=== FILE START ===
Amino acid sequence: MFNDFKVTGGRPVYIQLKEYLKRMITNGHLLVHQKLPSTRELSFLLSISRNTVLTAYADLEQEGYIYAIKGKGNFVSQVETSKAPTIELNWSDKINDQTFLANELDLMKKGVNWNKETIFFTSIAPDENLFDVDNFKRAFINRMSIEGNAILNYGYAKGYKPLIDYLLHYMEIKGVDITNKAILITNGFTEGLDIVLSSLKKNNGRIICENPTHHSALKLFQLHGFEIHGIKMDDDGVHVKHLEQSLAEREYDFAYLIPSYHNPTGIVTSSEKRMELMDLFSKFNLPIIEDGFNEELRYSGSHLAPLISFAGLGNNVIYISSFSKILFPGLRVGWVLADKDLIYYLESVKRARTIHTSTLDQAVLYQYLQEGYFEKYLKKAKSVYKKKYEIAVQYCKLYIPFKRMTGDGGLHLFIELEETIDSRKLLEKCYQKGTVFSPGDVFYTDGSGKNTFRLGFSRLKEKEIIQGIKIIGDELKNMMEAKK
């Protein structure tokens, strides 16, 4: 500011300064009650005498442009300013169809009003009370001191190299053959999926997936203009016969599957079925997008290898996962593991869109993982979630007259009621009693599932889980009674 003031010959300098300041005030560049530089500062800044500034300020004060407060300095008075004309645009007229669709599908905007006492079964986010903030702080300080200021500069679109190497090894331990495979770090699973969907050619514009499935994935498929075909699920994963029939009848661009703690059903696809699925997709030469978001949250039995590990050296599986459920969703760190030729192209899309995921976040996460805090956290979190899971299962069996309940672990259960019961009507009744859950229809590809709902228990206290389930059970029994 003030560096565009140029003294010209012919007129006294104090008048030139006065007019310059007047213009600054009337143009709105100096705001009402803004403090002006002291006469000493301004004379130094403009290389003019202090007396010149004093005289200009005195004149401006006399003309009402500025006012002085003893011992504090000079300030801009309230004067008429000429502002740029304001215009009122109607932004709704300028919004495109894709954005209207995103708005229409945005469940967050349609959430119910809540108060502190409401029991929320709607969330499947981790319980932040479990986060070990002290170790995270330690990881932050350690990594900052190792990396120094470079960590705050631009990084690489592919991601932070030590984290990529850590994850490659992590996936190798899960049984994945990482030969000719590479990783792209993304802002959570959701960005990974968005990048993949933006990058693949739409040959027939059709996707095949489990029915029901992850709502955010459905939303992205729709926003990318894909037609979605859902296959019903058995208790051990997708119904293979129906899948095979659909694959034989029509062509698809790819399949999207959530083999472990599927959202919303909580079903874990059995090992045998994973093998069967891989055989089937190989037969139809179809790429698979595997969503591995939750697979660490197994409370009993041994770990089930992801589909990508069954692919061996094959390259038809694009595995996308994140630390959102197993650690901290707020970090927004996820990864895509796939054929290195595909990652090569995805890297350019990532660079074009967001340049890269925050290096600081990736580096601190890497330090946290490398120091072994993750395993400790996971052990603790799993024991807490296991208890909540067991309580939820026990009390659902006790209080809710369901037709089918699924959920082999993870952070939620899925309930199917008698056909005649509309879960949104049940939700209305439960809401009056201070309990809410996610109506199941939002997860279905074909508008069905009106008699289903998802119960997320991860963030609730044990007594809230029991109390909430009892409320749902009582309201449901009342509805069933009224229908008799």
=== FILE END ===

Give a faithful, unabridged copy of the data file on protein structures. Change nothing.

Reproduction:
Amino acid sequence: MFNDFKVTGGRPVYIQLKEYLKRMITNGHLLVHQKLPSTRELSFLLSISRNTVLTAYADLEQEGYIYAIKGKGNFVSQVETSKAPTIELNWSDKINDQTFLANELDLMKKGVNWNKETIFFTSIAPDENLFDVDNFKRAFINRMSIEGNAILNYGYAKGYKPLIDYLLHYMEIKGVDITNKAILITNGFTEGLDIVLSSLKKNNGRIICENPTHHSALKLFQLHGFEIHGIKMDDDGVHVKHLEQSLAEREYDFAYLIPSYHNPTGIVTSSEKRMELMDLFSKFNLPIIEDGFNEELRYSGSHLAPLISFAGLGNNVIYISSFSKILFPGLRVGWVLADKDLIYYLESVKRARTIHTSTLDQAVLYQYLQEGYFEKYLKKAKSVYKKKYEIAVQYCKLYIPFKRMTGDGGLHLFIELEETIDSRKLLEKCYQKGTVFSPGDVFYTDGSGKNTFRLGFSRLKEKEIIQGIKIIGDELKNMMEAKK
């Protein structure tokens, strides 16, 4: 500011300064009650005498442009300013169809009003009370001191190299053959999926997936203009016969599957079925997008290898996962593991869109993982979630007259009621009693599932889980009674 003031010959300098300041005030560049530089500062800044500034300020004060407060300095008075004309645009007229669709599908905007006492079964986010903030702080300080200021500069679109190497090894331990495979770090699973969907050619514009499935994935498929075909699920994963029939009848661009703690059903696809699925997709030469978001949250039995590990050296599986459920969703760190030729192209899309995921976040996460805090956290979190899971299962069996309940672990259960019961009507009744859950229809590809709902228990206290389930059970029994 003030560096565009140029003294010209012919007129006294104090008048030139006065007019310059007047213009600054009337143009709105100096705001009402803004403090002006002291006469000493301004004379130094403009290389003019202090007396010149004093005289200009005195004149401006006399003309009402500025006012002085003893011992504090000079300030801009309230004067008429000429502002740029304001215009009122109607932004709704300028919004495109894709954005209207995103708005229409945005469940967050349609959430119910809540108060502190409401029991929320709607969330499947981790319980932040479990986060070990002290170790995270330690990881932050350690990594900052190792990396120094470079960590705050631009990084690489592919991601932070030590984290990529850590994850490659992590996936190798899960049984994945990482030969000719590479990783792209993304802002959570959701960005990974968005990048993949933006990058693949739409040959027939059709996707095949489990029915029901992850709502955010459905939303992205729709926003990318894909037609979605859902296959019903058995208790051990997708119904293979129906899948095979659909694959034989029509062509698809790819399949999207959530083999472990599927959202919303909580079903874990059995090992045998994973093998069967891989055989089937190989037969139809179809790429698979595997969503591995939750697979660490197994409370009993041994770990089930992801589909990508069954692919061996094959390259038809694009595995996308994140630390959102197993650690901290707020970090927004996820990864895509796939054929290195595909990652090569995805890297350019990532660079074009967001340049890269925050290096600081990736580096601190890497330090946290490398120091072994993750395993400790996971052990603790799993024991807490296991208890909540067991309580939820026990009390659902006790209080809710369901037709089918699924959920082999993870952070939620899925309930199917008698056909005649509309879960949104049940939700209305439960809401009056201070309990809410996610109506199941939002997860279905074909508008069905009106008699289903998802119960997320991860963030609730044990007594809230029991109390909430009892409320749902009582309201449901009342509805069933009224229908008799």